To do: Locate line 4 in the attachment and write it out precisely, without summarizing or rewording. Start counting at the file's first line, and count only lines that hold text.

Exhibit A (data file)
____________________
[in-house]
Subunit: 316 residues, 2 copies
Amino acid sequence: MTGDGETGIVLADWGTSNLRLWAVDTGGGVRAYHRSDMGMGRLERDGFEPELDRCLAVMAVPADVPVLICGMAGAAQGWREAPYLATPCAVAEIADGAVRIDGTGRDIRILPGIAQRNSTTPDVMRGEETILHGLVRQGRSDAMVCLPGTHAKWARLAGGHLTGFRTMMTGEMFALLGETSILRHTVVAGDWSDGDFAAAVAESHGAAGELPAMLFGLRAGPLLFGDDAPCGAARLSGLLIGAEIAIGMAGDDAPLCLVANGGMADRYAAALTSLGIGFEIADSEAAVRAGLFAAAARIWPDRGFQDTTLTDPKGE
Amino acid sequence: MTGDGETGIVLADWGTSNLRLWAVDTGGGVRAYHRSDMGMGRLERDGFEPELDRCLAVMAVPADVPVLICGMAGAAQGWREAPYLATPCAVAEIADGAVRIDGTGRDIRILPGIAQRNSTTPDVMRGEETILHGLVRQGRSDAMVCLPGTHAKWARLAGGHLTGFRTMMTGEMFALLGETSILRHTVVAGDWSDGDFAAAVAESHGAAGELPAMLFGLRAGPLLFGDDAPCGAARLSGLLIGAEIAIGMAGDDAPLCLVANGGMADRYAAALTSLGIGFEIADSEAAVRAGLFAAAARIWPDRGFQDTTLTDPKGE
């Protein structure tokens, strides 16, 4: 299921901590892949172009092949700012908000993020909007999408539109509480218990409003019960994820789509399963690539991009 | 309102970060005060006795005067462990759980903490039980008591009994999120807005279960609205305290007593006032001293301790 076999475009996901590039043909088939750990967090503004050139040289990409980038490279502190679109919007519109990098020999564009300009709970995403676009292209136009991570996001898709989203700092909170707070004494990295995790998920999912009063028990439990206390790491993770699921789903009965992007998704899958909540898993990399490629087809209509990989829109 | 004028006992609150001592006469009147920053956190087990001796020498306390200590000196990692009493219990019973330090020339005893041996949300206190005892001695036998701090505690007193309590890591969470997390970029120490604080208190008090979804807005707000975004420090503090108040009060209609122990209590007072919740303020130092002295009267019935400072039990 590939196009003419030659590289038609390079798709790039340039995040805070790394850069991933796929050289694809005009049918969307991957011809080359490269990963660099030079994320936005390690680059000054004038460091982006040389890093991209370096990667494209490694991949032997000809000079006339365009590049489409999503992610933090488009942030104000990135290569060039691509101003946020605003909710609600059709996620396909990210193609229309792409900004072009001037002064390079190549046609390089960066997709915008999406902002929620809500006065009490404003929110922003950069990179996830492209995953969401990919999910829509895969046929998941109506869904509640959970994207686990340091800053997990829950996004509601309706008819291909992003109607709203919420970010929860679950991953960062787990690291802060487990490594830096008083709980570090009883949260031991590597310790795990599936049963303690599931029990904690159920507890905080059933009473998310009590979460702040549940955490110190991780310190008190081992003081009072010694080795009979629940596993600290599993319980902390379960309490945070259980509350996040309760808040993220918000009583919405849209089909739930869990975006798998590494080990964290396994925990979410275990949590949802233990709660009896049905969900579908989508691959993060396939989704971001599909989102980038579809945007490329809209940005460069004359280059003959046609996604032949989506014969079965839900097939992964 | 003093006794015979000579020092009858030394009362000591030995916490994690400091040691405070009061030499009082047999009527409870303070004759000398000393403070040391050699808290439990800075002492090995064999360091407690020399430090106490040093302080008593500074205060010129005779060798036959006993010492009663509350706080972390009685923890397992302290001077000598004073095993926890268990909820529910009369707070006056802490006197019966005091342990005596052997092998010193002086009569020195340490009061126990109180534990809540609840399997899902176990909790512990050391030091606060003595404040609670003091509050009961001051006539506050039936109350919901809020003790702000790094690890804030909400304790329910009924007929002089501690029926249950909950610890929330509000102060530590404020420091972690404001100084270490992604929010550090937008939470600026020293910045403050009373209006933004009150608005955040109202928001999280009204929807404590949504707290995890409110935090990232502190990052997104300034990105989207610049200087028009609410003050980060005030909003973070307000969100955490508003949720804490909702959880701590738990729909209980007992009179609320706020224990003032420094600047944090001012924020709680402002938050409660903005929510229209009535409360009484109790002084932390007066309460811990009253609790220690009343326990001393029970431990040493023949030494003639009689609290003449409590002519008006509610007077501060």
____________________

Amino acid sequence: MTGDGETGIVLADWGTSNLRLWAVDTGGGVRAYHRSDMGMGRLERDGFEPELDRCLAVMAVPADVPVLICGMAGAAQGWREAPYLATPCAVAEIADGAVRIDGTGRDIRILPGIAQRNSTTPDVMRGEETILHGLVRQGRSDAMVCLPGTHAKWARLAGGHLTGFRTMMTGEMFALLGETSILRHTVVAGDWSDGDFAAAVAESHGAAGELPAMLFGLRAGPLLFGDDAPCGAARLSGLLIGAEIAIGMAGDDAPLCLVANGGMADRYAAALTSLGIGFEIADSEAAVRAGLFAAAARIWPDRGFQDTTLTDPKGE